Let’s back away from this issue for a moment.

    We both want innovation to flourish. Is the best way to do that by limiting discussion to ideas vetted by faculty members? By raising the red flag when something hasn’t been studied scientifically? Outside of academia, many of us are encouraging as much diversity of opinion as we can accommodate because it leads to the best long term choices.

    I don’t think I’m going to convert you to my way to seeing things nor will you convert me to your views. Let’s agree to disagree for now.

    All the best.


    1. I received also some comments through mail and twitter from academics about this and even from someone guiding a PhD-student working on this theme who couldn’t find any research but often articles saying “it’s been said…”.
      Don’t think we would find many people disagreeing about the importance of informal learning, although also one researcher mentioned internal research of a company hinting a revert importance. As the research isn’t publicly published it doesn’t help, although I do think falsification would be a good way to deal with this. Instead of searching for proof of the rule, let’s look for proof of it not being true?

  7. The null hypothesis.

    But Charles and others don’t claim that 70:20:10 is a universal formula. In some situations, if would be a terrible learning mix.

    There’s also the dilemma of people not appreciating how learning is taking place in their own organizations. I was initially skeptical about the relative importance of informal learning until I reflected on it and talked with some researchers.

    Let’s encourage that PhD student to do some field research.

  8. Absolutely. Lets encourage some formal research into the relative roles of [a] informal/workplace and [b] social learning (the ’70’ and ’20’ in the framework) compared to [c] formal training in terms of impacting individual and organisational performance and productivity. The hypothesis would need to be carefully constructed, but the output could prove very valuable. To date most data comes from inter-organisational surveys.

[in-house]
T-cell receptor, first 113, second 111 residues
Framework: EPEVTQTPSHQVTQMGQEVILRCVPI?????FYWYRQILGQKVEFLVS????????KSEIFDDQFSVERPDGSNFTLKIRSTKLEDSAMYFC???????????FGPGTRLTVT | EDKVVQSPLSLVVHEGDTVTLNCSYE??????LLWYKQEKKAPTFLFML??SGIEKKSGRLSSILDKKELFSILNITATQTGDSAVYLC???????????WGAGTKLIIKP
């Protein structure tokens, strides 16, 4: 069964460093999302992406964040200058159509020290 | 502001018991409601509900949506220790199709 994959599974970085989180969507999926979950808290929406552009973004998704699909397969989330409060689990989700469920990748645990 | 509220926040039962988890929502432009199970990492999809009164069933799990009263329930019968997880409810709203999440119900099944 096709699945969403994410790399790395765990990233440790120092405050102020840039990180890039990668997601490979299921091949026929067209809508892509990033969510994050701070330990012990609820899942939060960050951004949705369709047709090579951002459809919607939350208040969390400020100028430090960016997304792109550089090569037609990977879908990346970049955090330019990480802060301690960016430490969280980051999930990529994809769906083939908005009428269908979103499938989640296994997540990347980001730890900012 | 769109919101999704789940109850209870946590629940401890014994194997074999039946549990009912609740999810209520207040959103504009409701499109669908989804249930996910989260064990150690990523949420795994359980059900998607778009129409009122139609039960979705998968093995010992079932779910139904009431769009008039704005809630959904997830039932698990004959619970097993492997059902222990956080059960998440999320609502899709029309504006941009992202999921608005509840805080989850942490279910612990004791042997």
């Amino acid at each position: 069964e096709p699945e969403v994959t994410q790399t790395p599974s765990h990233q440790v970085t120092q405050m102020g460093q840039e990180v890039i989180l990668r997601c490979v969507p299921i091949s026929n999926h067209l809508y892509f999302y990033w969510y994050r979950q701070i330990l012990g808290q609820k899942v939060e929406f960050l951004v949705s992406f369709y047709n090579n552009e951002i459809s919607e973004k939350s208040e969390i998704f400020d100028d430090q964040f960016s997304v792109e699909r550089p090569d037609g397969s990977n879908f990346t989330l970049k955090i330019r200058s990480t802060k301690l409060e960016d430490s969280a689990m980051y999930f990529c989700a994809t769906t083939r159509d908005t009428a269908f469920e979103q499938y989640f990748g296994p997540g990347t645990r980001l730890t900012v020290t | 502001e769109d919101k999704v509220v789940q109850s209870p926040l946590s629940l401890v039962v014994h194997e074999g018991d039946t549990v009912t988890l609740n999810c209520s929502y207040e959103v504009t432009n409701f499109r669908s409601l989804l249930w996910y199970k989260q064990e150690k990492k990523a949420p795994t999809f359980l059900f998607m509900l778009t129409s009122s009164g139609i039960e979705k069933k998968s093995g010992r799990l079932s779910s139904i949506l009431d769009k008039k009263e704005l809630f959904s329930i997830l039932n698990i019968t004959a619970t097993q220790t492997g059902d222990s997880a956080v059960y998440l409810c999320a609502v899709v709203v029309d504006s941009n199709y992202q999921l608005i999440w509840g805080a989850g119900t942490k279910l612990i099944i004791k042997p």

9. […] If unsubstantiated through peer-reviewed research, why then is 70:20:10 being adopted in varying degrees by savvy businesses (Coca Cola, British Telecom, American Express, Nike, and many more)? Perhaps the uptake is due to its believability. So much of business operates with intangibles, uncertainty and imprecision – the portion of the iceberg under water. An advertising budget is a good example – one doesn’t know which half of the advertising budget benefits the business and which does nothing for it. The same can be said for the learning budget. A great dialogue between educational scientist and debunker, Pedro De Bruyckere, and the person credited with coining the term ‘e-learning’ and proponent of informal learning, Jay Cross, can be found here. […]

  10. Hi,
    maybe a recent quote from an article by DeRue and Myers in The Oxford Handbook of leadership and organization (2014) can shed some light in this discussion:

    The existing research on experience-based leadership development spans across a wide range of different types of experiences, including informal on-the-job assignments (McCall et al., 1988), coaching and mentoring programs (Ting & Sciscio, 2006), and formal training programs (Burke & Day, 1986). A common assumption in the existing literature is that 70% of leadership development occurs via on-the-job assignments, 20% through working with and learning from other people (e.g., learning from bosses or coworkers), and 10% through formal programs such as training, mentoring or coaching programs (McCall et al., 1988; Robinson & Wick, 1992).

    Despite the popularity of this assumption, there are four fundamental problems with framing developmental experiences in this way. First and foremost, there is actually no empirical evidence supporting this assumption, yet scholars and practitioners frequently quote it as if it is fact. Second, as McCall (2010) appropriately points out, this assumption is misleading because it suggests informal, on-the-job experiences, learning from other people, and formal programs are independent. Yet, these different forms of experience can occur in parallel, and it is possible (and likely optimal) that learning in one form of experience can complement and build on learning in another form of experience. Third, it is inconsistent with the fact that a large portion of organizational investments are directed at formal leadership development programs (O’Leonard, 2010). It is certainly possible that organizations are misguided in their focus on and deployment of these programs (Conger & Toegel, 2003), but we are not ready to condemn formal programs given the lack of empirical evidence. Finally, it is possible that the “70:20:10” assumption leads organizations to prioritize informal, on-the-job experience over all other forms of developmental experiences, which some scholars argue allows leadership development to become a “haphazard process” (Conger, 1993: 46) without sufficient notice to intentionality, accountability and formal evaluation (Day, 2000).

    Kind regards Michelle